In March 1930 the Lowell Observatory in Arizona announced the discovery of a small, odd world, roaming beyond the known planets in a region barely visible through the most powerful telescopes.
Seventy-five years later that historic find — Pluto — remains almost as much of a mystery as it was then. No spacecraft has ever visited it, and not even the Hubble Space Telescope can spot details on its rocky, icy surface. Yet with the New Horizons mission, now in development and planning for liftoff January 2006 from Launch Complex 41 at the Kennedy Space Center, NASA looks to unlock one of the solar system’s last, great planetary secrets.
Image: Artist’s concept of the New Horizons spacecraft during its planned encounter with Pluto and its moon, Charon. The craft’s miniature cameras, radio science experiment, ultraviolet and infrared spectrometers and space plasma experiments would characterize the global geology and geomorphology of Pluto and Charon, map their surface compositions and temperatures, and examine Pluto’s atmosphere in detail. The spacecraft’s most prominent design feature is a nearly 7-foot (2.1-meter) dish antenna, through which it would communicate with Earth from as far as 4.7 billion miles (7.5 billion kilometers) away.
Credit: NASA/Johns Hopkins University Applied Physics Laboratory/Southwest Research Institute (NASA/JHUAPL/SwRI)
“The United States has made history by being the only nation to reach every planet from Mercury to Neptune with a space probe,” says New Horizons Principal Investigator Alan Stern, of the Southwest Research Institute, Boulder, Colo. “With New Horizons, the U.S. can complete the reconnaissance of the solar system and round out our knowledge of the planets.”
After launch aboard an Atlas V, New Horizons would cross the entire span of the solar system — in record time — and conduct flyby studies of Pluto and its moon, Charon, in 2015. The seven science instruments on the piano-sized probe would shed light on the bodies’ surface properties, geology, interior makeup and atmospheres.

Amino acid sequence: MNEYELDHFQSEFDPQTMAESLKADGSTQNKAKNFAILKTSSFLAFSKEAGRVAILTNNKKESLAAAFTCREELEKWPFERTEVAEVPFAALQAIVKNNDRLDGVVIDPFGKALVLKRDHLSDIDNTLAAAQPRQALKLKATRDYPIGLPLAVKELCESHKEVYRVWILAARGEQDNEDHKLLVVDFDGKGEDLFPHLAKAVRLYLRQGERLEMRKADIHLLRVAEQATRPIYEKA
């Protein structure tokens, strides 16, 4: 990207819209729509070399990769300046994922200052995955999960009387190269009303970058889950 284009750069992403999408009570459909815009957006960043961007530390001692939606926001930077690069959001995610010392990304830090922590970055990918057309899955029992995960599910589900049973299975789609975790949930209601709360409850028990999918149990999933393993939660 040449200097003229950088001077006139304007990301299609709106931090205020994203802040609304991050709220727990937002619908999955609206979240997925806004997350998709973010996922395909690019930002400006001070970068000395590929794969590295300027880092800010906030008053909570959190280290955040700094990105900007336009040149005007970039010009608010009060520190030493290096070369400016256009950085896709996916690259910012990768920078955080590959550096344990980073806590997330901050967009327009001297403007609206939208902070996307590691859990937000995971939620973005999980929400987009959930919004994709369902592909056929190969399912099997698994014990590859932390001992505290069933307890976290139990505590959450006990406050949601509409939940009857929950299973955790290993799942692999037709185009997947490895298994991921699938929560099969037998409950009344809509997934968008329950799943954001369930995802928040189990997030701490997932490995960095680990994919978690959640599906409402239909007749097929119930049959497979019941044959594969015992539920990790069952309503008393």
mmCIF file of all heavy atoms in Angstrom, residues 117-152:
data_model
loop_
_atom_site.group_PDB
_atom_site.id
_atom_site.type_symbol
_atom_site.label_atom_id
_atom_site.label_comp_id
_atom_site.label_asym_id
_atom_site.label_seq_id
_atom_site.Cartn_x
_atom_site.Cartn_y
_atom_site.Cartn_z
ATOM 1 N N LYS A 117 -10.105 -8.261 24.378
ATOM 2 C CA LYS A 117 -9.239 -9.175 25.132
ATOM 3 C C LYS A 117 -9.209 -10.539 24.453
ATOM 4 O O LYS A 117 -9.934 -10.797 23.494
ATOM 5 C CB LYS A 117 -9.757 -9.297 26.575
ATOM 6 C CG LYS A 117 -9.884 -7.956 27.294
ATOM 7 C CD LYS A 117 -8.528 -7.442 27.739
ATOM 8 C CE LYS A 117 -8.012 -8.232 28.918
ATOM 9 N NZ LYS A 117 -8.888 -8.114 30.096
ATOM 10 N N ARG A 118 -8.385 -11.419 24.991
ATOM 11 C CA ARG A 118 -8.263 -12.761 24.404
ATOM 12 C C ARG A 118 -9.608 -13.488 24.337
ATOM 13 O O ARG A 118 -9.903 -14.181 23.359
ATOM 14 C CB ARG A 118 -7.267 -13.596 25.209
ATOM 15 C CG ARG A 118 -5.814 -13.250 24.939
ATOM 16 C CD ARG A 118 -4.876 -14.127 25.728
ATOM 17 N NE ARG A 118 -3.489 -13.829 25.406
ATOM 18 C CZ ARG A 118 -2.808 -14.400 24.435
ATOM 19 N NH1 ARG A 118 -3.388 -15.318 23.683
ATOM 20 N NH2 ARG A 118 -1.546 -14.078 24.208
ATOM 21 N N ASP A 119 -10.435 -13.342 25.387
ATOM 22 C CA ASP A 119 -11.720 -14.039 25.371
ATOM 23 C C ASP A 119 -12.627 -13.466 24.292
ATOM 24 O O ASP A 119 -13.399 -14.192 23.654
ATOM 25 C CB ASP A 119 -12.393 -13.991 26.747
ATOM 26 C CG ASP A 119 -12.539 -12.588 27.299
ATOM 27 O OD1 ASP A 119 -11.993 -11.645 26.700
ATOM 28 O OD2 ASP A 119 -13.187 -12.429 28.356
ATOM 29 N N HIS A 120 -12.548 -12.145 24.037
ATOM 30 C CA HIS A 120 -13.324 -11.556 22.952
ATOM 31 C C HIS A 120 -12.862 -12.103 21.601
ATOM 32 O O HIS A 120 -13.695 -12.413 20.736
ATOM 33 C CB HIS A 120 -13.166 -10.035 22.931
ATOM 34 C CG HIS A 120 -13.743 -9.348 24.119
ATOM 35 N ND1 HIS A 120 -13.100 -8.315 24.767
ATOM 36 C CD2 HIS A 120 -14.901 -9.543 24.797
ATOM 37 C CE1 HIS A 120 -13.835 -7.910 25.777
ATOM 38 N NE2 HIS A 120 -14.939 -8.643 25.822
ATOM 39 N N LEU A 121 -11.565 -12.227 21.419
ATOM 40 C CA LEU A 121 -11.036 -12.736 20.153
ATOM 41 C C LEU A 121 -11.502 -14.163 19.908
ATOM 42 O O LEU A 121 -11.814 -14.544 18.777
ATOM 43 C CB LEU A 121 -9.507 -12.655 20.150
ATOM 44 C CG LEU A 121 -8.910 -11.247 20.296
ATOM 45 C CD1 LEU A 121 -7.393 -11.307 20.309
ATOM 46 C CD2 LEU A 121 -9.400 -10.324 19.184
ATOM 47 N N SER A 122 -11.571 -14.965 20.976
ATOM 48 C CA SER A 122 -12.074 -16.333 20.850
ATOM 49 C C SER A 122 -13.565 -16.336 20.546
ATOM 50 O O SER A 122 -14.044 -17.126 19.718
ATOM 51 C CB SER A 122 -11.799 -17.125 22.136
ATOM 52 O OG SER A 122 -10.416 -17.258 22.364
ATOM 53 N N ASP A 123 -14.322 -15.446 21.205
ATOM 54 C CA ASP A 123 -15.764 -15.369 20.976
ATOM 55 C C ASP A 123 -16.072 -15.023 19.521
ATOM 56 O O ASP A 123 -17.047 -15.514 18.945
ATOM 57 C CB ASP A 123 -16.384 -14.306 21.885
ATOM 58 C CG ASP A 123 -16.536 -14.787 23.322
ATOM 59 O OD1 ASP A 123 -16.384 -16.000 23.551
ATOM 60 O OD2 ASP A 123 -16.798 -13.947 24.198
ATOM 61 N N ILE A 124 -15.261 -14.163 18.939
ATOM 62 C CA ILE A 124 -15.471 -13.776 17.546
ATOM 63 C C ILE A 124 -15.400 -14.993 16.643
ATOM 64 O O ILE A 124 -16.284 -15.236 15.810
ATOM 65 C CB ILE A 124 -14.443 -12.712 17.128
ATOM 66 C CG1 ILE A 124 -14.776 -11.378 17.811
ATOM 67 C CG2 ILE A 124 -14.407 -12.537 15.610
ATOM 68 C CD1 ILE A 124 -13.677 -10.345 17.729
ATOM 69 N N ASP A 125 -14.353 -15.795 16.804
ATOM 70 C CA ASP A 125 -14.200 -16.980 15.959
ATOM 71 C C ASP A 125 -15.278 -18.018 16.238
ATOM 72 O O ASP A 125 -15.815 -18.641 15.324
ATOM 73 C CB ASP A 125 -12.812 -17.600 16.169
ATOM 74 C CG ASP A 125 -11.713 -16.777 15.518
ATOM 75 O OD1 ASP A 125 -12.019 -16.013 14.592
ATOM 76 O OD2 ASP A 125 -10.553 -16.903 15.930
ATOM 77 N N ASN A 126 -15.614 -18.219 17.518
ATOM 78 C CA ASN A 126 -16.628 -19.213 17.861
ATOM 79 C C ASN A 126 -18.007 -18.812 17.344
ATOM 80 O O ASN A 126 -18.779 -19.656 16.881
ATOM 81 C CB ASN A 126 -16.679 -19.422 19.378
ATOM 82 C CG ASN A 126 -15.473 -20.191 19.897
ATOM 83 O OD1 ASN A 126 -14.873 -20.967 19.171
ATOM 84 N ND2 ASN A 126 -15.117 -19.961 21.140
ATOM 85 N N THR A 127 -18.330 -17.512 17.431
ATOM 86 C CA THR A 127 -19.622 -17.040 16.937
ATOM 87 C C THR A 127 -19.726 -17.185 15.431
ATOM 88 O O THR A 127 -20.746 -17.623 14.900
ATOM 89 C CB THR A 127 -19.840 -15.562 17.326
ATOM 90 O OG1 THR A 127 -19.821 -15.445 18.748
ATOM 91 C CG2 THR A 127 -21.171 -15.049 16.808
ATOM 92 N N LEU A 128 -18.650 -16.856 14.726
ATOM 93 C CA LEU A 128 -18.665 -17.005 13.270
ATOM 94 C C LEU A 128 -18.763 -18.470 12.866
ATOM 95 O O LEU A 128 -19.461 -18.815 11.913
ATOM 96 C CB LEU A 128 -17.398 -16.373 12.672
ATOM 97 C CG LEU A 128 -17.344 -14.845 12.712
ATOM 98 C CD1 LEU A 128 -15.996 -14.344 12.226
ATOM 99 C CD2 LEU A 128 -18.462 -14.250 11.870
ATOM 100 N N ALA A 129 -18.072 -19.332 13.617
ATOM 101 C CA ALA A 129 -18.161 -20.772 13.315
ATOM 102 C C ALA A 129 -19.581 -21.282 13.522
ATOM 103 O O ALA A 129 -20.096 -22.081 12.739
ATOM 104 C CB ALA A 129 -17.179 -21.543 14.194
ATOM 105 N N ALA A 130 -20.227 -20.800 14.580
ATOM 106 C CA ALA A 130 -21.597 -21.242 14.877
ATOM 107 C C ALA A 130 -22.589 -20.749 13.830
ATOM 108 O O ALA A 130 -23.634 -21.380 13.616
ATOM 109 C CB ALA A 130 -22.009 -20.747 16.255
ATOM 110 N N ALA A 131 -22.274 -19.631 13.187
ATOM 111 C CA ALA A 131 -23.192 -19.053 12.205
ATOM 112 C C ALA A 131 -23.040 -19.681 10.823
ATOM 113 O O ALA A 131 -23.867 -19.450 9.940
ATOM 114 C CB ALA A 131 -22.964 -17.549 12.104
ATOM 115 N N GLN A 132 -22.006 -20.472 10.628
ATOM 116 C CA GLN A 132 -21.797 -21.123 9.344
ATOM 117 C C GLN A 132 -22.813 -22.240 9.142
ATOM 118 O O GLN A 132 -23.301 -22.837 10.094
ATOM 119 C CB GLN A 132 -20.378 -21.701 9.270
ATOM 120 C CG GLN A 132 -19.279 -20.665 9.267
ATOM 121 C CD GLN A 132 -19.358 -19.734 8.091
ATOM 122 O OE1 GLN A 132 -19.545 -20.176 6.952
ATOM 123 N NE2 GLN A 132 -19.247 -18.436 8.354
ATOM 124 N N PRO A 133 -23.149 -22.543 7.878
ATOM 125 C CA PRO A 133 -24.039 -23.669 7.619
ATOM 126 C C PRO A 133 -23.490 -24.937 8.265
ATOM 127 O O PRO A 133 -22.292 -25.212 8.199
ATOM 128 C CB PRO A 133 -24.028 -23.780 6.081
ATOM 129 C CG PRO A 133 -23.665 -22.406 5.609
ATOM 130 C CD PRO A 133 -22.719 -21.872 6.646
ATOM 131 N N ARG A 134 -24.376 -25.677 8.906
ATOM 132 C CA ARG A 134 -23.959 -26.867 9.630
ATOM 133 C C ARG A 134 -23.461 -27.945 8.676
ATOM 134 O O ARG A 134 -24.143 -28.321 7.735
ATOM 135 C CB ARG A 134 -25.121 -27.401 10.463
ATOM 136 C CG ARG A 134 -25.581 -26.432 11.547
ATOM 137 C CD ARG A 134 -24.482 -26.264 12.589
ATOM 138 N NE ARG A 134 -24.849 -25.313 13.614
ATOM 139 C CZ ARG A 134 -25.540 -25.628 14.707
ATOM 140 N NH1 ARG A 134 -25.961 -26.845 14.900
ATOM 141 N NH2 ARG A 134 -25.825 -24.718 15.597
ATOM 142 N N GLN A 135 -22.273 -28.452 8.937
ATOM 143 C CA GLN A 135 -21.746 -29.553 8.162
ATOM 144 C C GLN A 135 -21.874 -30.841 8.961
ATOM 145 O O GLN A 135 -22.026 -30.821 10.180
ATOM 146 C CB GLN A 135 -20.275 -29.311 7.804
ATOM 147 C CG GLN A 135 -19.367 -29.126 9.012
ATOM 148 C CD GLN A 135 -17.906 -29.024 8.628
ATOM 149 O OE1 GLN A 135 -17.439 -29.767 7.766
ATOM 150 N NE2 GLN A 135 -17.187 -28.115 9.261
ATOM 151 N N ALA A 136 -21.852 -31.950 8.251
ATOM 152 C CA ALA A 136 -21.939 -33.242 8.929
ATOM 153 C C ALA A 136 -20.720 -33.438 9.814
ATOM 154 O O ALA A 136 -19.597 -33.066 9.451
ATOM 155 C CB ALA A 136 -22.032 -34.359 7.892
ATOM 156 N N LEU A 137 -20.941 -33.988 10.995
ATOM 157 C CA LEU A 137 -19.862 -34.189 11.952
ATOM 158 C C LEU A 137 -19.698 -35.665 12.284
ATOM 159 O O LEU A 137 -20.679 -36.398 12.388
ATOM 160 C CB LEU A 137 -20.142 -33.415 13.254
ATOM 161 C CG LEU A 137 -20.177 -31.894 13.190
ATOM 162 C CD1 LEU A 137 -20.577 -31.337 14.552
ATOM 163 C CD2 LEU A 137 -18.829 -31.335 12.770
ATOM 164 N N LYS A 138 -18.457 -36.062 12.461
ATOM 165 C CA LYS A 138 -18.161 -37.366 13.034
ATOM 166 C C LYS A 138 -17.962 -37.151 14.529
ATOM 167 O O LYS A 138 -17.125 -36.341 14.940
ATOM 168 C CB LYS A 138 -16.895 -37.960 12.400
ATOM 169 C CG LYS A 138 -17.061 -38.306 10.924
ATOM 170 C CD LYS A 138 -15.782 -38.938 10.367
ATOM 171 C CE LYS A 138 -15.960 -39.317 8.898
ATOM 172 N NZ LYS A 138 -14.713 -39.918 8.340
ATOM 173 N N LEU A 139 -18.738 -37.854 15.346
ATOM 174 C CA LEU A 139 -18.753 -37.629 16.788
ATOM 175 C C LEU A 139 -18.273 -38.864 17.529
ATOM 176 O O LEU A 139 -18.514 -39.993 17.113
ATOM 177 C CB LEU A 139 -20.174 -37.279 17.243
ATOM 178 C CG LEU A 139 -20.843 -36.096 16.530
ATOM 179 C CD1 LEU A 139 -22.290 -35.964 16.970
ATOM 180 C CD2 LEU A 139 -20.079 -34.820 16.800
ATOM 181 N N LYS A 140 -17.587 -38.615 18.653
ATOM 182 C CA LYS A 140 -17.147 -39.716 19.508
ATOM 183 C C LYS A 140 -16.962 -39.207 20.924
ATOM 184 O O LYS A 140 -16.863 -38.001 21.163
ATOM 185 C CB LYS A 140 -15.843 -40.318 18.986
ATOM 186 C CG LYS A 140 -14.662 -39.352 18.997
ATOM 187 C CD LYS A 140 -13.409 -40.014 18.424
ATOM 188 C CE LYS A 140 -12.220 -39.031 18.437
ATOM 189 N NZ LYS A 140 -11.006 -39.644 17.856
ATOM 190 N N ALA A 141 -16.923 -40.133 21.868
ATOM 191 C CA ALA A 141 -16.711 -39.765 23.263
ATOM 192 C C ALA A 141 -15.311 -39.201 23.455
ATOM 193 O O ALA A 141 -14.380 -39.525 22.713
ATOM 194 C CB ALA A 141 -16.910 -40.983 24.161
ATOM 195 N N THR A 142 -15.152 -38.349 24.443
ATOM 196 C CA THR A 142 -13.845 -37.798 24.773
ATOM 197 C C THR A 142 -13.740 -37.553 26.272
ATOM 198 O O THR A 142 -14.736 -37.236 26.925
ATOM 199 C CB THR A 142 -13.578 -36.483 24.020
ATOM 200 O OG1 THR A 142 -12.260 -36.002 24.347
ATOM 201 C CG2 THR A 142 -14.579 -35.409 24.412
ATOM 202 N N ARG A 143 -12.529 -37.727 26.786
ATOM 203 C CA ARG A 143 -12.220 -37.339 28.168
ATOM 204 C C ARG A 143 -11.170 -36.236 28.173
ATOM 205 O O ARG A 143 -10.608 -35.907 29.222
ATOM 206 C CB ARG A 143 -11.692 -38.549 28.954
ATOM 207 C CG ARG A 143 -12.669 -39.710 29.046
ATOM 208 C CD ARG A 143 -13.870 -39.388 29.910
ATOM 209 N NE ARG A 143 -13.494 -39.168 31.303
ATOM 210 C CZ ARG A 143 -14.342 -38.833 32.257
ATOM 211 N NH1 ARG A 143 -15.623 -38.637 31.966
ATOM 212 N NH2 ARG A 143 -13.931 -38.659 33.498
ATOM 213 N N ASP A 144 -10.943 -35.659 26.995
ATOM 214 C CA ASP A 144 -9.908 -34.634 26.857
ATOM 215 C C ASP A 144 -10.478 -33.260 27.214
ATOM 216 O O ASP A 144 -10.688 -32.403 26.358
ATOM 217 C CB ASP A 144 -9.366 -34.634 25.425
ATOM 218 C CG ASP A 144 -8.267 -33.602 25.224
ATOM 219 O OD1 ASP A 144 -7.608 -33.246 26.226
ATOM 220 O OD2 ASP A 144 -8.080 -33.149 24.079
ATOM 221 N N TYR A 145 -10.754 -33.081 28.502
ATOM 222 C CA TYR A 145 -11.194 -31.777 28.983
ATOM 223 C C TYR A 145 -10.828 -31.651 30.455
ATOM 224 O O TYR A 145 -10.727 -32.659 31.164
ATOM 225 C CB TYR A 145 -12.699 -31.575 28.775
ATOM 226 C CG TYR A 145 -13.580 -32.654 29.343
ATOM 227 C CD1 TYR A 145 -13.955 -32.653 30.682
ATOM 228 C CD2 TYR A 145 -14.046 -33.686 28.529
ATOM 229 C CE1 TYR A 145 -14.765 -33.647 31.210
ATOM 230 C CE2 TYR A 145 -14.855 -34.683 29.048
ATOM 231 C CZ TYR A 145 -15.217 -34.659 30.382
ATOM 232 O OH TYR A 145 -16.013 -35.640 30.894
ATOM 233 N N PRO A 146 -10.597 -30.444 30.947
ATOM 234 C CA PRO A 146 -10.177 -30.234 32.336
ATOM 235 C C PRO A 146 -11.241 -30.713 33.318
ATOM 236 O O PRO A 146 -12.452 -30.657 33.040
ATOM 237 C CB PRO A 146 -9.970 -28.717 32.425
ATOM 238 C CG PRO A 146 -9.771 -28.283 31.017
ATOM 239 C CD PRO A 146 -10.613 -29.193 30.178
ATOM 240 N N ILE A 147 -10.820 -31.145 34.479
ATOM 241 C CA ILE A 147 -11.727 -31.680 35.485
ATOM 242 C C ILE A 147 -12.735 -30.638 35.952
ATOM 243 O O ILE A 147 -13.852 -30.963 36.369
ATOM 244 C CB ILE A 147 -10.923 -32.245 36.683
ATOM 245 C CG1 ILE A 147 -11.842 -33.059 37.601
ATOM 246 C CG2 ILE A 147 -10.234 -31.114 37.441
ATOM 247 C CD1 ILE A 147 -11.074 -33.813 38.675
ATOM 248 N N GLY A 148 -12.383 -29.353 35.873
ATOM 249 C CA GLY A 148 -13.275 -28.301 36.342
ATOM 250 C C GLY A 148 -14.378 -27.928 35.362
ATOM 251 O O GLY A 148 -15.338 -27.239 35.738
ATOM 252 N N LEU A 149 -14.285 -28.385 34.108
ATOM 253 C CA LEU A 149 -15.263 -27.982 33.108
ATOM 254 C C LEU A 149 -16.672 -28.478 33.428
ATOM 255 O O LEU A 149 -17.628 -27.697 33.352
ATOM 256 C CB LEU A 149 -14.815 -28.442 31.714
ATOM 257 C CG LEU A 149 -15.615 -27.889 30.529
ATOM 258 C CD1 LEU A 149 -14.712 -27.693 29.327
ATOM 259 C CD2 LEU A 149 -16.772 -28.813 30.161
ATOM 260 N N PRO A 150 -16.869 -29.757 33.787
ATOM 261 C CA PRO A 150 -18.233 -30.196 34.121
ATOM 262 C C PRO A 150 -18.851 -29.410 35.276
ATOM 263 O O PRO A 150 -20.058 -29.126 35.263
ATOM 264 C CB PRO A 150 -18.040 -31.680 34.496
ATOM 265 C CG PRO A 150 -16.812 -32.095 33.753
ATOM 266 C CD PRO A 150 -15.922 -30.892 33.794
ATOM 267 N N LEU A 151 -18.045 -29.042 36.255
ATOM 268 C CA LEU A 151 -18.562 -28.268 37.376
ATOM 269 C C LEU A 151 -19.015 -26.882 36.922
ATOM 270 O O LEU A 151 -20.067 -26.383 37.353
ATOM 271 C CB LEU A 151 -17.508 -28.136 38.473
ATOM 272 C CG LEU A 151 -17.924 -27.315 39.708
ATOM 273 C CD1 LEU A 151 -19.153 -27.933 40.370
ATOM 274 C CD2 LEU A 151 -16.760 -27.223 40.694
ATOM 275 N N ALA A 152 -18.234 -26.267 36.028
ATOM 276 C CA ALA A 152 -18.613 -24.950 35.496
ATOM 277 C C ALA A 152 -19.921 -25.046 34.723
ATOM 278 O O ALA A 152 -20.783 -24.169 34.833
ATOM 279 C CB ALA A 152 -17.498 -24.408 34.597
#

It would mark humankind’s first voyage into the “third zone” of the solar system known as the Kuiper Belt, populated by smaller, icy objects different than the rocky inner planets or the outer gas giants. The National Academy of Sciences placed the exploration of the third zone in general, and Pluto-Charon in particular, in its highest priority planetary mission ranking for this decade.
Planning for Launch
A Draft Environmental Impact Statement (DEIS) for the New Horizons mission has been released for a 45-day public comment period that ends April 11. The document is available on the Web at http://spacescience.nasa.gov/admin/pubs/plutoeis/index.htm, or in the Kennedy Space Center library.
The power source for the spacecraft, a radioisotope thermoelectric generator (RTG), uses heat from the decay of plutonium dioxide to produce electricity. The DEIS examines potential environmental impacts under three scenarios: a normal launch; a launch accident with no radiological release from the RTG; and a launch accident involving a radiological release.
According to the DEIS, the most likely outcome is a successful launch. A less likely scenario, a non-radiological launch accident, would result in the same potential impacts as other expendable launch vehicle accidents. The least likely scenarios include an accident resulting in a radiological release, though safety studies indicate that most releases would not harm people.
On March 29 and 30, NASA will host meetings at the Florida Solar Energy Center in Cocoa, where the public can comment on the DEIS and learn more about the proposed mission and the steps NASA takes in deciding whether or not to conduct the launch. After these National Environmental Policy Act reviews, if NASA decides to proceed with the mission, the spacecraft would await presidential approval to launch next January.